Find Your Perfect Ball: How to Choose and Use the Right Stability Ball
Stability balls are large objects, and so most of us prefer to use the ones at the gym. But you might want to rethink that plan. Sadly, the vast majority of training gyms worldwide tend to take very poor care of their stability balls. They are almost always under-inflated, worn out, and not burst-proor or even burst-resistant. For this reason, I recommend a couple of options. First, you can purchase your own stability ball using the links and info below and do all of your stability ball work in your own home. No place to store the ball? You can think about replacing your desk chair with the stability ball—for many people they can be very comfortable and ergonomically correct chairs. But if you really can't bear the idea of a giant ball in your home, try showing this article (complete with the links I will give you below) to the fitness director at your gym this article and see if they would help you out in finding safer alternatives to their existing stability balls. In the end, a change such as this would only be a huge benefit to them in terms of protecting their clients and their liability. In my opinion, the Duraball Pro Stability Balls are a great, safe option.
Know Your Balls
Here are a few tips on choosing a ball, whether you are buying one of your own or just using the ones at the gym. This is going to involve taking the time to really examine any ball you use, but once you know what to look for you can make this second-nature.
- Go burst-proof when possible: Always make sure that you only use burst-proof stability balls, especially when you are using dumbbells or any other kind of weights while you are on the ball. If you were to stab a burst-proof ball with a knife, it would slowly deflate rather than pop. As you can imagine, this makes a big difference to your experience if you are sitting on the ball when it is punctured or for some other reason gives way. Any burst-proof ball will be labeled as such, including the weight limit to which they are effective. So, always check the labels on the balls in your gym to make sure they say Burst-Proof. If they do not say this then you can assume that they definitely are not.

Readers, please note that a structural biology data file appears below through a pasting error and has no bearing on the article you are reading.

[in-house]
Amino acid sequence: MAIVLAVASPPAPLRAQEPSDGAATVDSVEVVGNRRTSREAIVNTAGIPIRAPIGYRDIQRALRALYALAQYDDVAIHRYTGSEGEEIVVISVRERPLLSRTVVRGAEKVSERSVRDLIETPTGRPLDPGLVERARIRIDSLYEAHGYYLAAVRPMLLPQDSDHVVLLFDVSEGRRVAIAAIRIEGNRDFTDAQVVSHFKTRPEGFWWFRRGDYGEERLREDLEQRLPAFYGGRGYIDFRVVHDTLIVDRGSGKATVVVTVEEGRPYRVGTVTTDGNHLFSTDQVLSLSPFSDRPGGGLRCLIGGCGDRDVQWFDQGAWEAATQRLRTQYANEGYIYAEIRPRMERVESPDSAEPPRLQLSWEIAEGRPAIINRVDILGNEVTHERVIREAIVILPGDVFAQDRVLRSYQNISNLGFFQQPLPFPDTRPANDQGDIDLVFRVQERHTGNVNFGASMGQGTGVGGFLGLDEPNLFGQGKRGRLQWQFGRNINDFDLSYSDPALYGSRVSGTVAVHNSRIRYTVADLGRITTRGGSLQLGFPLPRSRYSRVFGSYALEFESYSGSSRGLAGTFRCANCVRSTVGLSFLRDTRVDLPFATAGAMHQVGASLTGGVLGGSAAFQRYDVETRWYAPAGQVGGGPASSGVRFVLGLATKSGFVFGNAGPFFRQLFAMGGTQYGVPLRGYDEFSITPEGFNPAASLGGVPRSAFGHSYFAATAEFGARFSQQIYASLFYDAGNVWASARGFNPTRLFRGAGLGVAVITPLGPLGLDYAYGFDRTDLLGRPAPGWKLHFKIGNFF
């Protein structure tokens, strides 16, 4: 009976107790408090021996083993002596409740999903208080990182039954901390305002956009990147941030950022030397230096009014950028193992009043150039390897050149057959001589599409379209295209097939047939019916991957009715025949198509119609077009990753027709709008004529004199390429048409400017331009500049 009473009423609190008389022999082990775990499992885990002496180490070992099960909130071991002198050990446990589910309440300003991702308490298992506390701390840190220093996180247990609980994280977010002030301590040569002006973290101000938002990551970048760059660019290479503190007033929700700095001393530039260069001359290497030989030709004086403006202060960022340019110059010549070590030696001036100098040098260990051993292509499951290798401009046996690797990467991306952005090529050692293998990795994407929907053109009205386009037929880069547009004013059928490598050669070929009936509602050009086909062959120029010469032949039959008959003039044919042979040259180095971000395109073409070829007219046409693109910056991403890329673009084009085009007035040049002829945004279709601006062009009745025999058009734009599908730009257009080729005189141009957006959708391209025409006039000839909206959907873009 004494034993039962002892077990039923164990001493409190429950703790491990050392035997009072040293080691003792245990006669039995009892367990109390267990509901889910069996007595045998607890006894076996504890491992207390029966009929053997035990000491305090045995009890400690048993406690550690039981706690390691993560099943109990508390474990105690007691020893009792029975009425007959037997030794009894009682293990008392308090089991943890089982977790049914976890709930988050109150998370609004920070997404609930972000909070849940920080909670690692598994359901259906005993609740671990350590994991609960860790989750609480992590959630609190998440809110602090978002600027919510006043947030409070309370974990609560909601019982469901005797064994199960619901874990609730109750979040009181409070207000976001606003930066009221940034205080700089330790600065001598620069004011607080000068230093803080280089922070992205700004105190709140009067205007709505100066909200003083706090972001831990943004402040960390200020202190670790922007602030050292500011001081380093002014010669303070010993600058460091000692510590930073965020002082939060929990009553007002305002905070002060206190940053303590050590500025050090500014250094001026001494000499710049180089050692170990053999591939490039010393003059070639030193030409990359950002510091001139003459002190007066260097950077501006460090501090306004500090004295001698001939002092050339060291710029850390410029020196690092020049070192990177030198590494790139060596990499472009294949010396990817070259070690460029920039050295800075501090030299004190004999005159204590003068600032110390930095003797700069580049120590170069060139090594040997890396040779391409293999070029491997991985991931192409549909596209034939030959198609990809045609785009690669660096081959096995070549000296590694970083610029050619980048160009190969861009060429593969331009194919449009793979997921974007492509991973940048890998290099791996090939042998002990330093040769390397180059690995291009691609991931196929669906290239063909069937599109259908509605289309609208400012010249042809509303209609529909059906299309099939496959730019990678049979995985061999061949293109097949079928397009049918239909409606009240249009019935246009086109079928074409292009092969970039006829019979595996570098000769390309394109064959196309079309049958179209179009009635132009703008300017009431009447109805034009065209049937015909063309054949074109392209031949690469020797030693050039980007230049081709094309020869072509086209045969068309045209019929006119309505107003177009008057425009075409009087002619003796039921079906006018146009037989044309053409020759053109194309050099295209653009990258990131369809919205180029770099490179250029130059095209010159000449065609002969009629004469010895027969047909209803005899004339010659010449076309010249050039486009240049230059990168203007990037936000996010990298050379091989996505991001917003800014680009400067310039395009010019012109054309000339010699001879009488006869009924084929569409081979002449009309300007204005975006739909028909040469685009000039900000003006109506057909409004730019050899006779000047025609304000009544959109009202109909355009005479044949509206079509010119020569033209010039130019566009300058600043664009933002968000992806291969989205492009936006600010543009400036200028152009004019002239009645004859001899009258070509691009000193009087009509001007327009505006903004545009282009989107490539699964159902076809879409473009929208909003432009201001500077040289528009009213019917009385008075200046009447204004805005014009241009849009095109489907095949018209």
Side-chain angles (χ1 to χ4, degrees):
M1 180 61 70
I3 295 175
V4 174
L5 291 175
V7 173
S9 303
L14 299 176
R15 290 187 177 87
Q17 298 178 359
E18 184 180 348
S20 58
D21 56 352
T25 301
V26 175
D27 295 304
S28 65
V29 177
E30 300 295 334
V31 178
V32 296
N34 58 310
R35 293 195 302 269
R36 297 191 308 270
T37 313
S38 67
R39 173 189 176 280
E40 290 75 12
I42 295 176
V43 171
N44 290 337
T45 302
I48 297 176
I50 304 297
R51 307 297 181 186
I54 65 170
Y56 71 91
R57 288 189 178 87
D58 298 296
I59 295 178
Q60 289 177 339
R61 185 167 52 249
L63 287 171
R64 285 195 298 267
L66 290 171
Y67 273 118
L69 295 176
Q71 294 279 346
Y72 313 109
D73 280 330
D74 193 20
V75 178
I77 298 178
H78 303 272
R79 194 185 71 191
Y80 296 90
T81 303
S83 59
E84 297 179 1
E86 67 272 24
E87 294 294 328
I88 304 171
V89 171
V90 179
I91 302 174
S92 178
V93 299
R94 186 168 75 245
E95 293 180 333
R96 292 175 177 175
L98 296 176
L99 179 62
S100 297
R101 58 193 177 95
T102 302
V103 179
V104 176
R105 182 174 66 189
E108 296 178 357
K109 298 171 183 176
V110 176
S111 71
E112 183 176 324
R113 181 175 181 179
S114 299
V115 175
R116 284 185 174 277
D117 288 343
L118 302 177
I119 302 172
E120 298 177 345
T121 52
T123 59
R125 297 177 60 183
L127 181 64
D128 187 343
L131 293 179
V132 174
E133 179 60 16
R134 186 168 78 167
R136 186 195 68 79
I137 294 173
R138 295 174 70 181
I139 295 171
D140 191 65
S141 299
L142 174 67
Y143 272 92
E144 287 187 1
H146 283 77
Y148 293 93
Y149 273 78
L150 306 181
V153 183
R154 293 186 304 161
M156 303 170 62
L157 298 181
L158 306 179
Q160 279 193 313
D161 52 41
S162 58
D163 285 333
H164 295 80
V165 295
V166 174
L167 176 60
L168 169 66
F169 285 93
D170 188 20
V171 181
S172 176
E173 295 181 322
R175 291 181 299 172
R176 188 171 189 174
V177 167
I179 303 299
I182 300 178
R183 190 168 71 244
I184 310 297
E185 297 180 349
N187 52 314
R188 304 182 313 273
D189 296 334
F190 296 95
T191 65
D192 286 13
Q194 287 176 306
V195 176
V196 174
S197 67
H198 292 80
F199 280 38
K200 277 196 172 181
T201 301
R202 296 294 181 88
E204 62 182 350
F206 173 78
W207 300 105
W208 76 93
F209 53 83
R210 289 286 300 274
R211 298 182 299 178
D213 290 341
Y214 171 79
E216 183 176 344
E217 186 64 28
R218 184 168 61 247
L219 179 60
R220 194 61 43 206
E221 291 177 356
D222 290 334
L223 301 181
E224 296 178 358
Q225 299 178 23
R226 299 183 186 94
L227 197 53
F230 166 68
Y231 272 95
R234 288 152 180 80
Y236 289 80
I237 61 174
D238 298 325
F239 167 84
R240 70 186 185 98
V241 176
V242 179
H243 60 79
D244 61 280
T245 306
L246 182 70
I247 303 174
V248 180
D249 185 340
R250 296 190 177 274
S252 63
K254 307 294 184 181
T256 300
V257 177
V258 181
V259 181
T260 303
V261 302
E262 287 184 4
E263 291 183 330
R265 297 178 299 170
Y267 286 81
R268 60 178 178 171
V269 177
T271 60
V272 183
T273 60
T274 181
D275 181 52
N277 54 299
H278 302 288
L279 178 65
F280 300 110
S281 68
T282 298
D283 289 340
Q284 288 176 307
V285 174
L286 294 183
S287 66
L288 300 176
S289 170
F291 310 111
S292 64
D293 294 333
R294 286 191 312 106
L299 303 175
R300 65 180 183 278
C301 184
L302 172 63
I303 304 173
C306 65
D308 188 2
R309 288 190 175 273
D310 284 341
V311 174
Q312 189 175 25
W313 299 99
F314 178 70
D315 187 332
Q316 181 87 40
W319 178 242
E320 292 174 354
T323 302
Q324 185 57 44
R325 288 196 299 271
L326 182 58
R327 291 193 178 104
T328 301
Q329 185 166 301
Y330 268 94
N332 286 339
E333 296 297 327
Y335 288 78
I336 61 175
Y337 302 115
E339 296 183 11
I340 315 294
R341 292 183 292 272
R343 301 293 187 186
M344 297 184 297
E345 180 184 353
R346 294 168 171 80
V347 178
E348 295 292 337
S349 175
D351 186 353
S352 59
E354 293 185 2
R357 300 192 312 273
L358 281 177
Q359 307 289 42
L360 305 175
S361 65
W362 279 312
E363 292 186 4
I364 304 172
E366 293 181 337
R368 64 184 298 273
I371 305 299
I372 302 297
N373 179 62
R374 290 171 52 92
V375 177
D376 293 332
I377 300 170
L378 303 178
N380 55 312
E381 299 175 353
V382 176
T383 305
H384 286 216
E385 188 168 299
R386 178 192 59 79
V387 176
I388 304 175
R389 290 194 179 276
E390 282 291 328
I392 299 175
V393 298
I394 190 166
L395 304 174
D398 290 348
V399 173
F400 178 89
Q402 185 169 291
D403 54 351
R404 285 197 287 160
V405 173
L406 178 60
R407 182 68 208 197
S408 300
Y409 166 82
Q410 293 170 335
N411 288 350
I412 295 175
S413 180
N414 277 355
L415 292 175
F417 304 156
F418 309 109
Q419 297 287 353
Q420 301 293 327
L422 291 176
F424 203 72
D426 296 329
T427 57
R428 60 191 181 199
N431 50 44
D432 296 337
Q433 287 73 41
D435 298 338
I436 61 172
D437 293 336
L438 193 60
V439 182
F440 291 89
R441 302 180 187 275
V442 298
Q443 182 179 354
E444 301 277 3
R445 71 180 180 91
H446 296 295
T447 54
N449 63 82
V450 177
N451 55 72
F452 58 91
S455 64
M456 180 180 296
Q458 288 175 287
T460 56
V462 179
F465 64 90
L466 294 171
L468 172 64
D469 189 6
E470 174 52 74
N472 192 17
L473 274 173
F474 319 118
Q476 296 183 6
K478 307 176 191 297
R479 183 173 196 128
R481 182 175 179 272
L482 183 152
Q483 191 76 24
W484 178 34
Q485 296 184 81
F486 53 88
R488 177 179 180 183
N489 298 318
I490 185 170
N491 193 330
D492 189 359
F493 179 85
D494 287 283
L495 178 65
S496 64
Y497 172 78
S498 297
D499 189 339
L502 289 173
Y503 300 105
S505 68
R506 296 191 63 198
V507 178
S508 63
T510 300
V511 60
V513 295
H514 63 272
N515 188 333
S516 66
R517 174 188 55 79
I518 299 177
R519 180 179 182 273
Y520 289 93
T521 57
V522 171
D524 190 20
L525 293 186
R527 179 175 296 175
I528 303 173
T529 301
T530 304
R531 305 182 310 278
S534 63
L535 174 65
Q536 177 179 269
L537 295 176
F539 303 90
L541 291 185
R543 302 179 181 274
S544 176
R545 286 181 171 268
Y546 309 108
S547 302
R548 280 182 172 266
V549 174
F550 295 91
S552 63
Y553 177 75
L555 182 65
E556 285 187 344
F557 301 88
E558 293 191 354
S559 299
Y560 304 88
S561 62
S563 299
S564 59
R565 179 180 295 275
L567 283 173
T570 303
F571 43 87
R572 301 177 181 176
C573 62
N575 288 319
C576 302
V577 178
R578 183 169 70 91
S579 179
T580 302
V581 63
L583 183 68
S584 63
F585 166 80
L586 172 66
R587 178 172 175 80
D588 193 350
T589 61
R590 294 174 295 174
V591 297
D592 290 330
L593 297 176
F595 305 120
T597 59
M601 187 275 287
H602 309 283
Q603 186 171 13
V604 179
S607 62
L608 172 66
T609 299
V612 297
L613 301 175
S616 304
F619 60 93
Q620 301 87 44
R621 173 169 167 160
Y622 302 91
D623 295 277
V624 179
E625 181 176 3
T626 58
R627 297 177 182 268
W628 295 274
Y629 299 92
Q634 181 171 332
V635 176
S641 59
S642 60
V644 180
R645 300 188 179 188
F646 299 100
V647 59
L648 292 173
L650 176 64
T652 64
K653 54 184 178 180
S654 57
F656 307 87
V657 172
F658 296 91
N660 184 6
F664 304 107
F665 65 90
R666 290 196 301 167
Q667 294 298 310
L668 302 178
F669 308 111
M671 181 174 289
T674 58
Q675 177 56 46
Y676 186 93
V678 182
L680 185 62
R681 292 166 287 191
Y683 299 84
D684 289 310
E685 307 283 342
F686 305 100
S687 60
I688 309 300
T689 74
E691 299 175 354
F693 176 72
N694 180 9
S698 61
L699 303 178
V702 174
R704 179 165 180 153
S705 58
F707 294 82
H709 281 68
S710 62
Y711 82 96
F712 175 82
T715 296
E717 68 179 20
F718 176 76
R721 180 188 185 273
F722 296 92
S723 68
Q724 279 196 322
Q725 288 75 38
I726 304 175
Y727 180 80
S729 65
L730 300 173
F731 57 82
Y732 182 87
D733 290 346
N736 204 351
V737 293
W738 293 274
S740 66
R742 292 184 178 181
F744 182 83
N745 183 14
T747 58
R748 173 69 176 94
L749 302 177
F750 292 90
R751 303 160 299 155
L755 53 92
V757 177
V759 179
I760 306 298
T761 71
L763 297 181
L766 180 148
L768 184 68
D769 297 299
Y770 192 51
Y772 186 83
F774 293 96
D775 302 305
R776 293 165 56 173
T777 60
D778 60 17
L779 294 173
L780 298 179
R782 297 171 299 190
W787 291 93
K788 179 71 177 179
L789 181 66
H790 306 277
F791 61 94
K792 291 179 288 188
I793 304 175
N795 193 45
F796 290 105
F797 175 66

- Go burst-resistant when not: If burst-proof balls are not available at your training center, then I recommend at least using burst-resistant balls. Again, check that the balls are marked as burst-resistant to a certain weight level. Although these balls are not as safe as burst-proof, as long as the balls are new and in good condition, you should be safe to perform body-weight work on them. I would not recommend using dumbbellss or any other additional weight while only on a burst-resistant ball.
- Take a look: Before you use any ball, always examine it for nicks, pulls, small tears, or holes. If a ball looks ragged or worn then I would definitely not recommend using it for any type of activity, including body-weight exercises.
- Hard is good: I know how this is going to sound, but seriously—balls should be firm when you are using them. You want the ball to maintain its curve and round, unstable factor while you are lying on it, leaning on it, etc. Despite their name, what these balls give you is instability—so that you are forced to find the stability in yourself. That is the advantage of using a ball. If the ball is so loose that it flattens out when you lie down on it, you may as well be using a flat bench or the floor.
With the wrong size of stability ball, you not only reduce your gains, you can also put yourself at risk of injury. Not surprisingly, the small balls are for small people, and the big balls are for big people. But there are four sizes of ball, and choices to make. The ball's size, measured in centimeters, is printed on the ball. Here is a chart breaking down the different ball sizes by the height of their intended user: